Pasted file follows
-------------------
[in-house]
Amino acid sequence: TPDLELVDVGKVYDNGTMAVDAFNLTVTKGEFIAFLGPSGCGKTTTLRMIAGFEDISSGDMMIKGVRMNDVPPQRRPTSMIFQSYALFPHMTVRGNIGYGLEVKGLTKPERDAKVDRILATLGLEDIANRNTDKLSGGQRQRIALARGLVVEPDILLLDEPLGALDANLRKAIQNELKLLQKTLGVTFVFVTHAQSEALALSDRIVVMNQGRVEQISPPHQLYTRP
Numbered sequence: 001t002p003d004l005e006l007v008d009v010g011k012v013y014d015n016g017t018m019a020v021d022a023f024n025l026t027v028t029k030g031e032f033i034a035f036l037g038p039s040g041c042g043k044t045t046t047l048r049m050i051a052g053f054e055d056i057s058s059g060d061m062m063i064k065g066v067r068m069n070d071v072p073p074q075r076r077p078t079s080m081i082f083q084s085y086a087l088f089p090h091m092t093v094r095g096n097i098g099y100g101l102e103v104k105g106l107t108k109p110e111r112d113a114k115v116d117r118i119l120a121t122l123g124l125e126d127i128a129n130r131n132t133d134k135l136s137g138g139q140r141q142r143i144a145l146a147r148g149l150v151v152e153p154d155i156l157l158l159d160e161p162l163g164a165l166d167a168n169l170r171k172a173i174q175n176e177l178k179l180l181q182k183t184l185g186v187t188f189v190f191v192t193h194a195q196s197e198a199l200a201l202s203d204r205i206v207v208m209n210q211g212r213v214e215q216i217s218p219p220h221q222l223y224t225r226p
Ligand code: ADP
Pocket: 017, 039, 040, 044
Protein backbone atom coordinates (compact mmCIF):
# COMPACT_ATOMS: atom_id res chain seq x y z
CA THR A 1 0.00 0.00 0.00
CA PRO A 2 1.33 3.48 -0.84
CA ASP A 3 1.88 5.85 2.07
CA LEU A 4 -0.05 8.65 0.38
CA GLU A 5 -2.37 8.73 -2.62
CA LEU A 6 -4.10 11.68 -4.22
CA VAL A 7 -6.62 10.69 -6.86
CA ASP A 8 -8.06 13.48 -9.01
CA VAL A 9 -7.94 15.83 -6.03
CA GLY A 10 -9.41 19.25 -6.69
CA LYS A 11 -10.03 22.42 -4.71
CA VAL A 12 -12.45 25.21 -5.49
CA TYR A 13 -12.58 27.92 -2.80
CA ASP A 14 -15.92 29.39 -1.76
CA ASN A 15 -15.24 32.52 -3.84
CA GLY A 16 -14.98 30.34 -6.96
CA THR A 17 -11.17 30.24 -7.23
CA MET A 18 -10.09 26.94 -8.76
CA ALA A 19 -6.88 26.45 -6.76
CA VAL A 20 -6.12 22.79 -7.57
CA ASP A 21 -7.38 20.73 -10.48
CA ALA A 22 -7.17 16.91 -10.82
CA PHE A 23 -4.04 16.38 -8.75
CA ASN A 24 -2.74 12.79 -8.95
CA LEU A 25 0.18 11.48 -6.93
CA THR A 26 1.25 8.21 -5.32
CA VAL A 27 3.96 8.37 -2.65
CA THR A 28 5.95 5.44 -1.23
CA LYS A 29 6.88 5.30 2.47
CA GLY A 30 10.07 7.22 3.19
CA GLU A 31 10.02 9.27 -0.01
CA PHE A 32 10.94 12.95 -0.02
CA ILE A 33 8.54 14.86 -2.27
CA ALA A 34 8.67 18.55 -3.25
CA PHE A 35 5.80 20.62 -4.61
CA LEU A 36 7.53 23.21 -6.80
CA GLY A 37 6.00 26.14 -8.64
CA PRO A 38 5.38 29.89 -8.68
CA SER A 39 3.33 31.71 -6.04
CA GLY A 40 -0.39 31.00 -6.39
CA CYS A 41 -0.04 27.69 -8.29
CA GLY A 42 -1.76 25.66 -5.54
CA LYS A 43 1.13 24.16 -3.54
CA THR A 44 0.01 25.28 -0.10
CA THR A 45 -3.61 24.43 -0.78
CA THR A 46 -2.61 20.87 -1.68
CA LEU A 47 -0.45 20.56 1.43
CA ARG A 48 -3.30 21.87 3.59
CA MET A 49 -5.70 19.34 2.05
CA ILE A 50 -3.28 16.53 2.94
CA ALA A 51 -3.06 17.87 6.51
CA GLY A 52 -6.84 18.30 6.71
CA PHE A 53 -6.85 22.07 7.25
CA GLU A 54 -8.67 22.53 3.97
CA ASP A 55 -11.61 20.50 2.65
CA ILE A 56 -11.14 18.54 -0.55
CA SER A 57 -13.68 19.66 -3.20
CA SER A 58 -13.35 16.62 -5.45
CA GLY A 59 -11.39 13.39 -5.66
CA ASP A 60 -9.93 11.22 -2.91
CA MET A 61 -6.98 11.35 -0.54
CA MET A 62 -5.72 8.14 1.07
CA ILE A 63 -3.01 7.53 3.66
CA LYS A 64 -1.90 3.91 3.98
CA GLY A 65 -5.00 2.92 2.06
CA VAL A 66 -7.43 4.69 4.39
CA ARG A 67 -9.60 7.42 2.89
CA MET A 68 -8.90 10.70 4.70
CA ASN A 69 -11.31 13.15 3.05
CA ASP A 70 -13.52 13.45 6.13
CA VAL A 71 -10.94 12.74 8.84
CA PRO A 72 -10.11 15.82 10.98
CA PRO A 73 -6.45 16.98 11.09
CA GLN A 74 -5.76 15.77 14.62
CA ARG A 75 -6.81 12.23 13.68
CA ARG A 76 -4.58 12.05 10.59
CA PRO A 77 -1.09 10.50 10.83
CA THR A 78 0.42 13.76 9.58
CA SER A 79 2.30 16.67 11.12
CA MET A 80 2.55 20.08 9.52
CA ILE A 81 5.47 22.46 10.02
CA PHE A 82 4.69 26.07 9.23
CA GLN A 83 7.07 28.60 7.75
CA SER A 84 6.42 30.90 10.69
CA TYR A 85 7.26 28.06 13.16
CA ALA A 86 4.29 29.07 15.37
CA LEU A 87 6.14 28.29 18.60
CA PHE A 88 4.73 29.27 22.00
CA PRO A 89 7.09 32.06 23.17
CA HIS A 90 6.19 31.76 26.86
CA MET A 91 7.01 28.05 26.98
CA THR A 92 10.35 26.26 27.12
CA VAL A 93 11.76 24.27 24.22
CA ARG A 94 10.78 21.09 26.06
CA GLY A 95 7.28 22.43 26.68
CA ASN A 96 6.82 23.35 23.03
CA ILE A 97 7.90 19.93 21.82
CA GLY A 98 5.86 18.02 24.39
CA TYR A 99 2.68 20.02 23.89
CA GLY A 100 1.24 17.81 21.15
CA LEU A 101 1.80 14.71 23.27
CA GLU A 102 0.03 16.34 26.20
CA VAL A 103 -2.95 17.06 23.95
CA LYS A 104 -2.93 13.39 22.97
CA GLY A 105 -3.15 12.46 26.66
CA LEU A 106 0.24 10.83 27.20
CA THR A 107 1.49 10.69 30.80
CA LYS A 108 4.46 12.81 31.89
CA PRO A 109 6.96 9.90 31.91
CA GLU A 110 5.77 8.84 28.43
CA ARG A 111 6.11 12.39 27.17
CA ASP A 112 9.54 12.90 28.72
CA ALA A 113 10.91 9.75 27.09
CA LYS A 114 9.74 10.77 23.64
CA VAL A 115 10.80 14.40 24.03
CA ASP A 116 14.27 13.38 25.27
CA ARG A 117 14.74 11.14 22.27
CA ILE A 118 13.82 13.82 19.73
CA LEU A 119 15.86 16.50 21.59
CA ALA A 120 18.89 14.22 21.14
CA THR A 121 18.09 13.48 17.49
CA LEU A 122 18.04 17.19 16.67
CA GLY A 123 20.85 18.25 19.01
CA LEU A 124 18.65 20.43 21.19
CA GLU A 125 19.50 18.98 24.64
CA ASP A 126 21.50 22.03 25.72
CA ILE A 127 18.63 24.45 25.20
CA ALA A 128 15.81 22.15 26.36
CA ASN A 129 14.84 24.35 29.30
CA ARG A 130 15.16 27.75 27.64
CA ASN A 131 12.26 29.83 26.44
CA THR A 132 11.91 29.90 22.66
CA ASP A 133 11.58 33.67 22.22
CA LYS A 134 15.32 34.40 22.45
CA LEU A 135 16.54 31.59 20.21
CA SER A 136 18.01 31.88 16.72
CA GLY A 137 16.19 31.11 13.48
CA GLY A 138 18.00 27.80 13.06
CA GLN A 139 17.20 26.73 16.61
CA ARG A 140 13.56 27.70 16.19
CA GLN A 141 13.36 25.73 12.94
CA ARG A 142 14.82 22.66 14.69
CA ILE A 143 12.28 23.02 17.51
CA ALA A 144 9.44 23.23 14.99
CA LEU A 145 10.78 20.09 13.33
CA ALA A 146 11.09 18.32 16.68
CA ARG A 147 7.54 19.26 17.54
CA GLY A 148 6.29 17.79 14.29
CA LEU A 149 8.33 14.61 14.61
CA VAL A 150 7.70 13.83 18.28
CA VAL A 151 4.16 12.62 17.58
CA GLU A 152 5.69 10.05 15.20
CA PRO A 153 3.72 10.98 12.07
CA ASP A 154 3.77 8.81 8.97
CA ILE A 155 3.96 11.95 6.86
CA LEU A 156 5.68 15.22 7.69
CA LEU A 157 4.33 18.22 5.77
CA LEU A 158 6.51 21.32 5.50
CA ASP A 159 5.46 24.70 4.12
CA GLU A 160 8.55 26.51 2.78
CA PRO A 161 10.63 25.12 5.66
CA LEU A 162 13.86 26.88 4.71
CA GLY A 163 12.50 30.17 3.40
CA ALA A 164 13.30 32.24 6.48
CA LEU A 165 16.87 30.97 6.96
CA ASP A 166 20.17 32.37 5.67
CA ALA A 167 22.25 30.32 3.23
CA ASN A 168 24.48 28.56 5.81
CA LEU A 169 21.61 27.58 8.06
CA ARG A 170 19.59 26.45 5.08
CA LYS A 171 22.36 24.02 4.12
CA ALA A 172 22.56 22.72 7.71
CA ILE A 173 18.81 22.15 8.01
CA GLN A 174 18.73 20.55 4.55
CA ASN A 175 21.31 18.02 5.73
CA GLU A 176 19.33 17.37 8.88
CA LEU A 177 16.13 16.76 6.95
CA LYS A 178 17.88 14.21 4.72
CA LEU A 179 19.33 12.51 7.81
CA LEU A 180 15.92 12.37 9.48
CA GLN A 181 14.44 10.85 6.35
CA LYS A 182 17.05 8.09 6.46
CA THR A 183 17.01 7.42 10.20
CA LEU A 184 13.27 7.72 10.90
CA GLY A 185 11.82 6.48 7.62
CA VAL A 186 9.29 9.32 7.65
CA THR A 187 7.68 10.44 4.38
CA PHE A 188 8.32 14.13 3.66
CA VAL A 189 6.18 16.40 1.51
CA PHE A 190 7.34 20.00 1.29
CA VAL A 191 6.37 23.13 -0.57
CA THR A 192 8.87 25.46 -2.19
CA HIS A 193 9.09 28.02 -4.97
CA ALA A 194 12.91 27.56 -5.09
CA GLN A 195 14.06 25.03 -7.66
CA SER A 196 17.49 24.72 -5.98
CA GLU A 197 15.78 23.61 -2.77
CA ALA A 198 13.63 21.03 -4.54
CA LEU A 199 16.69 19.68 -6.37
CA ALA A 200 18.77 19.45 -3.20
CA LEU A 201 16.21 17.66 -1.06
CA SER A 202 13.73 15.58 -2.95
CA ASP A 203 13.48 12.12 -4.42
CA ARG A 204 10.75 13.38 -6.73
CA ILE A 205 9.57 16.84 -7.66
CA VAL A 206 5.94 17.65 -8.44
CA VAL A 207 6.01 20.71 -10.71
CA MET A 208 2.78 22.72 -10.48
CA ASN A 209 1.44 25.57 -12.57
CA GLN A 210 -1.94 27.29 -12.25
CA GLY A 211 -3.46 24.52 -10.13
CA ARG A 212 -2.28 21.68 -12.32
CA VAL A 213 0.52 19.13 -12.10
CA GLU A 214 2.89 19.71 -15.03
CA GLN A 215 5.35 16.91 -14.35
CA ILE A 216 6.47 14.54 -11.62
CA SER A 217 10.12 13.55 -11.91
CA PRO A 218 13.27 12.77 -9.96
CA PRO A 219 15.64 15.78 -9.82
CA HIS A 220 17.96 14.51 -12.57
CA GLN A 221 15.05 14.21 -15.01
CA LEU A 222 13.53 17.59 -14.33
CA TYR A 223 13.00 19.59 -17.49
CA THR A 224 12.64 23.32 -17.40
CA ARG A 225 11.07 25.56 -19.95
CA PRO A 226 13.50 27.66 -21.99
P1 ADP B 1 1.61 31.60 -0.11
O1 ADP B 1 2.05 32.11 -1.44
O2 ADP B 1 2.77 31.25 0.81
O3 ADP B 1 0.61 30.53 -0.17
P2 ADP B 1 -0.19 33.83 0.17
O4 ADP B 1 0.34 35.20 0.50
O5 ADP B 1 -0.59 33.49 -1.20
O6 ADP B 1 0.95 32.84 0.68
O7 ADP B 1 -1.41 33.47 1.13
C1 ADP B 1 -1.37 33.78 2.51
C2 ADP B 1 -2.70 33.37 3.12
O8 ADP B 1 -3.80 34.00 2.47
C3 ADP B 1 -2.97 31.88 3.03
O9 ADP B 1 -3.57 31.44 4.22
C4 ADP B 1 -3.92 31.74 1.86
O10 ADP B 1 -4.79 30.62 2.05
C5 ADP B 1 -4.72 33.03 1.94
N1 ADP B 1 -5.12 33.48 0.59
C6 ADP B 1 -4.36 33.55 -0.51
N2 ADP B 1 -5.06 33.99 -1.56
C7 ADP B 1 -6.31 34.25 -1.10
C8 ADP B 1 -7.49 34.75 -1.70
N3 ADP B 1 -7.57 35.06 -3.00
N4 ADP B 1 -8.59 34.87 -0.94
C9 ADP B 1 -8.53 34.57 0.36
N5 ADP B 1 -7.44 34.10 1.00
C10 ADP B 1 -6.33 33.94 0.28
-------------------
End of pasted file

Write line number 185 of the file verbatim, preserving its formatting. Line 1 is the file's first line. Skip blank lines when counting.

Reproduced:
CA LYS A 178 17.88 14.21 4.72